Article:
For the first time, astronomers have tracked an asteroid in space in the hours immediately before it collided with the Earth's upper atmosphere in a dramatic explosion.
The 80-tonne object – known as 2008TC3 – was the size of a small lorry and was spotted by astronomers on 6 October 2008.
Just 20 hours later it exploded with the force of about 1,000 tonnes of TNT 41 miles above the Nubian desert of Sudan, scattering fragments of meteorites across north-east Africa.
As soon as it was realised that the asteroid was on a collision course with Earth, astronomers from 26 observatories across the world scrambled to ensure that their instruments gathered as much information on it as possible before it was almost completely vaporised in the explosion.
The scientists not only managed to predict precisely when and where the collision would take place, but they also recovered nearly 280 pieces of the meteorite for chemical analysis. "This was an extraordinary opportunity, for the first time, to bring into the lab actual pieces of an asteroid we had seen in space," said Peter Jenniskens of Nasa's Seti Institute in California.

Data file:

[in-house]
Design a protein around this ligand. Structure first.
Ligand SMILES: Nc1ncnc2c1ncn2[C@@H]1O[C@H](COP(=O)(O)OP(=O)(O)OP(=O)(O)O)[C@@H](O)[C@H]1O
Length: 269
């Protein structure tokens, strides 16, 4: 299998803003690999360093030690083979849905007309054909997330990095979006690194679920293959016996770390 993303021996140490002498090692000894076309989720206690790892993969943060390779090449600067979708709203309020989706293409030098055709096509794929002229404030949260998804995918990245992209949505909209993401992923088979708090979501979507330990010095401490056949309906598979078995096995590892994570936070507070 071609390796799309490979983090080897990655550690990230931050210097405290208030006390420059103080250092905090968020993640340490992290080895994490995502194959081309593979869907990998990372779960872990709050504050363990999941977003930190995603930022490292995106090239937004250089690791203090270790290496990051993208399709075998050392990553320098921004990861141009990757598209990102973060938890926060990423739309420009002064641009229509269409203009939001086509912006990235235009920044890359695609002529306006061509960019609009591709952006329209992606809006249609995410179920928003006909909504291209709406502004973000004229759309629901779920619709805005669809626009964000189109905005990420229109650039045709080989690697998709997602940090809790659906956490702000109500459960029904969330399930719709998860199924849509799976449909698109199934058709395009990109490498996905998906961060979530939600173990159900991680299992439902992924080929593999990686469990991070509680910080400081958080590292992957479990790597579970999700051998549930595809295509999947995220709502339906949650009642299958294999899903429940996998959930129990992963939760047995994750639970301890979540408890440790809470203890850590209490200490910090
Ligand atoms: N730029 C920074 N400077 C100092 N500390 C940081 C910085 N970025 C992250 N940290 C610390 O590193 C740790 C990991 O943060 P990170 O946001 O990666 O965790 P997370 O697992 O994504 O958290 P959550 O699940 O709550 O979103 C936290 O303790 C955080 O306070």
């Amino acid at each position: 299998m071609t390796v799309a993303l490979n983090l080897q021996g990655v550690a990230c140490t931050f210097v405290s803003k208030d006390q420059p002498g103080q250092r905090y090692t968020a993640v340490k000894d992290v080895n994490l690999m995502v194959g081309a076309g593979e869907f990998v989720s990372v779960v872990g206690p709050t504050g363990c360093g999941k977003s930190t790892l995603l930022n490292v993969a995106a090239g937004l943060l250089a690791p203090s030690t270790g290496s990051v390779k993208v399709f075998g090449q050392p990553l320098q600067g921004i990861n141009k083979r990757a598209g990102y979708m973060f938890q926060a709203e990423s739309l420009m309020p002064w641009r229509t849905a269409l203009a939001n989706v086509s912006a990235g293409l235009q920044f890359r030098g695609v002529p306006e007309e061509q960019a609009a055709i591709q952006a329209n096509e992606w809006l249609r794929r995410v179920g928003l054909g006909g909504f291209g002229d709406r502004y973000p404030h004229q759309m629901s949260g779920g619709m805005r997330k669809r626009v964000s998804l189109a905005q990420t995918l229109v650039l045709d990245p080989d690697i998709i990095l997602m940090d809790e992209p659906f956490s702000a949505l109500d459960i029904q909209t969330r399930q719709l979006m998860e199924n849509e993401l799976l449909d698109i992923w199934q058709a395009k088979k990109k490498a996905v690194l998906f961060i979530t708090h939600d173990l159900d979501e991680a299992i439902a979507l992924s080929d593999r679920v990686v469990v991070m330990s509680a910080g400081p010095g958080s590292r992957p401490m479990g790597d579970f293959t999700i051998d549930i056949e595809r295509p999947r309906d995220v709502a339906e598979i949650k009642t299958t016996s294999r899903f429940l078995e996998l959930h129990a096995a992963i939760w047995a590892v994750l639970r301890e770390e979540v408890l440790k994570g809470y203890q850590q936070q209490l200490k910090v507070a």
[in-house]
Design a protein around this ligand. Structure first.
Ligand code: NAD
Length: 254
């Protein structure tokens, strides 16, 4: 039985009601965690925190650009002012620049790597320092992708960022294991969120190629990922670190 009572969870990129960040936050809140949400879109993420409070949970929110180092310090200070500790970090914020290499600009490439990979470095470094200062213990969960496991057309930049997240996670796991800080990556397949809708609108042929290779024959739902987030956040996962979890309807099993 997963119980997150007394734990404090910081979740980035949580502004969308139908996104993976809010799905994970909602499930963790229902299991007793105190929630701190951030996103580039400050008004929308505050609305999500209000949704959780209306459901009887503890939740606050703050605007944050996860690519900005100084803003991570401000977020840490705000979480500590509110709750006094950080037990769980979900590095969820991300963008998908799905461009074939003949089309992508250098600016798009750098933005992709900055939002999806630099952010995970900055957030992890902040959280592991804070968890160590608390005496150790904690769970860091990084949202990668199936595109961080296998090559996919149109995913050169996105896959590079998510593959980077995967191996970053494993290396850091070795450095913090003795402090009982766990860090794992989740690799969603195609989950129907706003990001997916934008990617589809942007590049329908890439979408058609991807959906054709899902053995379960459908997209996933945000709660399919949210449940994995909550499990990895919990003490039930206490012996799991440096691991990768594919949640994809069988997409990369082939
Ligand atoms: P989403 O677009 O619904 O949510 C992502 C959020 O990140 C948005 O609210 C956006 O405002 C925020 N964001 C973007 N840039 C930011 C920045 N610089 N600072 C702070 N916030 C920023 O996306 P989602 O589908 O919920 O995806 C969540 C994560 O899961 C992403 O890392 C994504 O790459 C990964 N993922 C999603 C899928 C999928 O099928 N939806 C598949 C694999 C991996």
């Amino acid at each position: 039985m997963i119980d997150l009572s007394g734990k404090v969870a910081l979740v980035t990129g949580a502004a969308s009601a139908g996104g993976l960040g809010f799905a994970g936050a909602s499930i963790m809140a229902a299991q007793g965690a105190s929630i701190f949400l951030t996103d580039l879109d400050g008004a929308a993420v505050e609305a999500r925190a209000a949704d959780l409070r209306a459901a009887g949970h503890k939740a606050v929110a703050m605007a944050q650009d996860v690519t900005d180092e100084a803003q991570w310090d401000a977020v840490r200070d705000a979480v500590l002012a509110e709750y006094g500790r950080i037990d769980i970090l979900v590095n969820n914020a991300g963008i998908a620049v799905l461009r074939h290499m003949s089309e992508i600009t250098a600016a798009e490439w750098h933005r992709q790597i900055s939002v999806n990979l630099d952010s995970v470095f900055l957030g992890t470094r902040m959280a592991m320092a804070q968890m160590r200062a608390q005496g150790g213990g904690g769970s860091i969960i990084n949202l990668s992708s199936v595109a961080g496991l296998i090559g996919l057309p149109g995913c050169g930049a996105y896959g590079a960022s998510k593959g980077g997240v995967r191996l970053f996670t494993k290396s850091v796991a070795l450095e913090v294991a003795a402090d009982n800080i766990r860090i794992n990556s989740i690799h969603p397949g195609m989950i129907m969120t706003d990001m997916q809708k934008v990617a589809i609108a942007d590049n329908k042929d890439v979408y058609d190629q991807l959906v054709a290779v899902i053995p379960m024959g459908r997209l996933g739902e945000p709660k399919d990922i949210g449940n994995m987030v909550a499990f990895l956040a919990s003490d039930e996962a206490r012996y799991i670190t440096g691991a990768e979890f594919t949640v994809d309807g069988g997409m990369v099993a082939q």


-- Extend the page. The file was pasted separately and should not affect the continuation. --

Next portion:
"This asteroid was made of a particularly fragile material that caused it to explode at a high altitude, before it was significantly slowed down, so that the few surviving fragments scattered over a large area. The recovered meteorites were unlike anything in our meteorite collection up to that point," Dr Jenniskens said.
The fragments revealed that it was made of material that formed at the birth of the solar system more than 4.5bn years ago, but that the 12ft-wide asteroid itself had probably been created in a cosmic collision in the asteroid belt about 2 million years ago, said Professor Alan Fitzsimmons of Queen's University Belfast, an author of the study published in the journal Nature.
"This is the first-ever predicted impact of an asteroid with the Earth and the very first time an asteroid of any size has been studied before impact," Professor Fitzsimmons said.
Professor Richard Crowther of the Government's Science and Technology Facilities Council said that not all asteroid impacts were as harmless as this one and that the knowledge gained with 2008TC3 will help to mitigate the potential impact of much bigger collisions that could occur in the future.Reuse content